By Michael Goldstein
By Dennis Romero
By Sarah Fenske
By Matthew Mullins
By Patrick Range McDonald
By LA Weekly
By Dennis Romero
By Simone Wilson
“Every time I do an interview on a station with a predominantly black
listenership, someone invariably calls in and asks, ‘Well why should our kids learn evolution? Evolution is just the source of racism.’”
Alas, poor Darwin. Probably no scientist in history has been more hated than this mild-mannered Englishman. Last week saw yet another twist in the war on his theory of evolution when the state of Louisiana decided that this famous theory was racist. “Be it resolved that the Legislature of Louisiana does hereby deplore all instances and ideologies of racism, and does hereby reject the core concepts of Darwinist ideology that certain races and classes of humans are inherently superior to others,” reads a resolution approved by the state‘s House Education Committee on May 1.
The bill’s sponsor, Louisiana state Representative Sharon Broome (a Democrat rather than the usual Republican), told the Baton Rouge Advocate that Darwin “teaches that some humans have evolved further than others” and that his theory “holds that people of color are savages.” According to Broome, this means that Darwin has “provided the main rationale for modern racism.” Take on board evolution, says the resolution‘s sponsors, and Nazism, or something like it, will soon follow. The resolution is not a bill of law and has no legislative power over science education in the state, but sponsors are already saying their next step will be to press for evolution disclaimers in textbooks.
There is nothing new about Christian-fundamentalist opposition to evolution, but calling it a racist theory and blaming it for the Nazis is certainly one of the more aggressive strategies to date. Sadly, it is not a claim that can be lightly dismissed. Eugenie Scott, executive director of the National Center for Science Education, a nonprofit organization devoted to fighting creationism in American schools, admits that this association is especially prevalent in America’s black communities. In the online journal Salon, Scott notes that “Every time I do an interview on a station with a predominantly black listenership, someone invariably calls in and asks, ‘Well why should our kids learn evolution? Evolution is just the source of racism.’”
Darwin‘s theory of evolution says nothing per se about the supposed inferiority or superiority of any race. Indeed, evolutionary theory has played a critical role in revealing how all races come from the same origin -- that we are all children of the same mother, the proverbial “African Eve.” If anything, Darwin’s theory should be an argument for racial equality. But like all scientific theories, the ideas of evolution can be used to support particular ideologies. Unfortunately, those concepts have historically been co-opted in support of some extremely racist ones.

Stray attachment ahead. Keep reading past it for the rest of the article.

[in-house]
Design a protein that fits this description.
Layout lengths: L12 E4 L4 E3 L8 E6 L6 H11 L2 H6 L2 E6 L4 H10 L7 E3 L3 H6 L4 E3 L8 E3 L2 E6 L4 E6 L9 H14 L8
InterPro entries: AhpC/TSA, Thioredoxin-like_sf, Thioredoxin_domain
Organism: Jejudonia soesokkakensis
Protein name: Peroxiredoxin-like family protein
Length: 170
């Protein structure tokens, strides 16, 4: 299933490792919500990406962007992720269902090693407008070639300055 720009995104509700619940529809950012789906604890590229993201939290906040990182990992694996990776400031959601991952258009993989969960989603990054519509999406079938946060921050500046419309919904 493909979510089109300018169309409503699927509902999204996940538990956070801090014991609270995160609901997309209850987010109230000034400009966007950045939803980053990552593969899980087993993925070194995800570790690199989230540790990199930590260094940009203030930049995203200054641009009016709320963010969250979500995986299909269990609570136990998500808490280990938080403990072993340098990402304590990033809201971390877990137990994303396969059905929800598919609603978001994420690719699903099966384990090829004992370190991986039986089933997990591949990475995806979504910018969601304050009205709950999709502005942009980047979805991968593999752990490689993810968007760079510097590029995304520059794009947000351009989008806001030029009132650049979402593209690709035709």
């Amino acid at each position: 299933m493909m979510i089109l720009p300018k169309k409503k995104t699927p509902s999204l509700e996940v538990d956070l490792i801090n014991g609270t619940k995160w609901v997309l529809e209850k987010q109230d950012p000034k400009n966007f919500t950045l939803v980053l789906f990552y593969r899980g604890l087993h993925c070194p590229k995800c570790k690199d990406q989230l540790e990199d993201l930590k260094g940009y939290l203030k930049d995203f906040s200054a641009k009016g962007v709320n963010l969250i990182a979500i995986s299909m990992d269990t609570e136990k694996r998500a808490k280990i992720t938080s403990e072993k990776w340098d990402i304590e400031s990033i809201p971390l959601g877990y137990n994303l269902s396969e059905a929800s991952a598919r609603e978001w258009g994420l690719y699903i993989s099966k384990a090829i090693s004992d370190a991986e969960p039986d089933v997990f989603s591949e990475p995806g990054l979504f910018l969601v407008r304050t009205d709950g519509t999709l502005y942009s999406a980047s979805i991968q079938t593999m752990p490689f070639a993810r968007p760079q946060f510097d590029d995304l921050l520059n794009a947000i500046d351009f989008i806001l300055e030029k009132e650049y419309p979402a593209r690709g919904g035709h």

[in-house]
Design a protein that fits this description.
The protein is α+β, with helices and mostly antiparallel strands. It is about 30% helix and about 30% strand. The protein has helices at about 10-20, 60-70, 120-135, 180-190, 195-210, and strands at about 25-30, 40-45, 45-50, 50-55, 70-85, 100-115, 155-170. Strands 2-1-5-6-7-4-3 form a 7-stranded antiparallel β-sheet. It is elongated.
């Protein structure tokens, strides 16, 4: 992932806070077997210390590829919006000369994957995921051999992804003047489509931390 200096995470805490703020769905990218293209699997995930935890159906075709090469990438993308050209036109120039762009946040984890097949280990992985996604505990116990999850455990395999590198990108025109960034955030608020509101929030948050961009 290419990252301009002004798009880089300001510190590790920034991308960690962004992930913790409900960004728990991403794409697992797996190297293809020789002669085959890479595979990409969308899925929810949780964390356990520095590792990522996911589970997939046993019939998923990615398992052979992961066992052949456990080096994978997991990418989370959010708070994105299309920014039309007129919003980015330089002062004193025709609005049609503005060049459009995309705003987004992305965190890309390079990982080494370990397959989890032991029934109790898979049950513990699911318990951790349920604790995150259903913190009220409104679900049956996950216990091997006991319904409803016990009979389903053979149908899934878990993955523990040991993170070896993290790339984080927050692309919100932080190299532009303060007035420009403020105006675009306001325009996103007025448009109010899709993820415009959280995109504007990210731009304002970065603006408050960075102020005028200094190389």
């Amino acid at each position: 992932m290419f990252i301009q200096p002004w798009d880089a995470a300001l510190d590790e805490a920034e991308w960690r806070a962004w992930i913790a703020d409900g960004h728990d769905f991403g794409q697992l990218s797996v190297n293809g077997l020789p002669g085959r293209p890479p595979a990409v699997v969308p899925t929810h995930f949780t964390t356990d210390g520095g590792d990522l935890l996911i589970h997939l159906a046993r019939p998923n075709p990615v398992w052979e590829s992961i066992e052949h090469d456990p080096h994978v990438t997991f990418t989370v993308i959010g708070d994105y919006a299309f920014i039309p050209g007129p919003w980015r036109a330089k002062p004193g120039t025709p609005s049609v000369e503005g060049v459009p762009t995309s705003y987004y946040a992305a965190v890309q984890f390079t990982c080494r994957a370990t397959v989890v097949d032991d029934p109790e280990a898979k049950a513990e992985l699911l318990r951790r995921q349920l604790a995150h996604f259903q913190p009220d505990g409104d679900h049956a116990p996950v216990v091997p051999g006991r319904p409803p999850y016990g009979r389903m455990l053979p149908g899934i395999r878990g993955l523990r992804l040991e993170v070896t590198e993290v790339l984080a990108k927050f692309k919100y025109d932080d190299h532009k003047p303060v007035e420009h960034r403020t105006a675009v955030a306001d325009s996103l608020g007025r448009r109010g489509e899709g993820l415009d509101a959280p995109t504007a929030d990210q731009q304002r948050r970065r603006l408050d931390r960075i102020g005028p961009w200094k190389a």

It is all well and good to defend evolutionary theory, as champions of science have leapt to do over the past week; and those of us who care about science education must continue to fight creationists -- ad infinitum, it seems. But we who care about science must also admit there is a dark side. Rather than trotting out bombastic babble about the “neutrality” and “purity” of science, we must face up to the ways in which scientific ideas get interwoven into sociopolitical agendas. Moreover, we must acknowledge that scientists often play a role in this process.
The trouble began in the 1870s, when America witnessed the rise of an increasingly virulent eugenics movement, one that aimed to stamp out genetically “inferior” types while simultaneously increasing the proportion of “superior” types. Take the following statement from 1913: “The great problem of civilization is to secure a relative increase of the valuable as compared with the less valuable or noxious elements in the population . . . The problem cannot be met unless we give full consideration to the immense influence of heredity.” This was uttered not by some German proto-fascist but by U.S. President Theodore Roosevelt, who thereby echoed a sentiment held by millions of supposedly “enlightened” American citizens.
Between the 1890s and the 1920s, American society resounded with eugenics dogma, an episode of history that is all too often swept under the carpet. Fact is, the Nazis did not invent the idea; they imported it from the home of the brave and land of the free. Spawned in the wake of the first great wave of nonwhite immigration, the movement was a response to the perceived loss of WASP hegemony and the mushrooming problems of an increasingly urban society -- to wit, crime, poverty and social unrest. Eugenics reformers saw the protection and cleansing of the gene pool as the solution to all these “ills.”
Scientists played a huge role in this movement. In Kenneth Ludmerer‘s seminal history Genetics and American Society, he points out that nearly half of U.S. geneticists at the time were involved. A typical pronouncement came from professor H.S. Jennings of Johns Hopkins University, who declared that “To go to the root of the troubles, a better breed of men must be produced.”
And just what did “better” mean? First and foremost, the eradication of all “criminal” types, as well as those who were mentally “defective.” But for many in the movement it also had racial connotations. The Nordic races were seen as the superior type; Mediterraneans, Slavs, Jews, Asians and, above all, Africans were seen as inferior. Such attitudes served to shape immigration policy, and by 1928 more than three-quarters of American colleges and universities were teaching eugenics courses.
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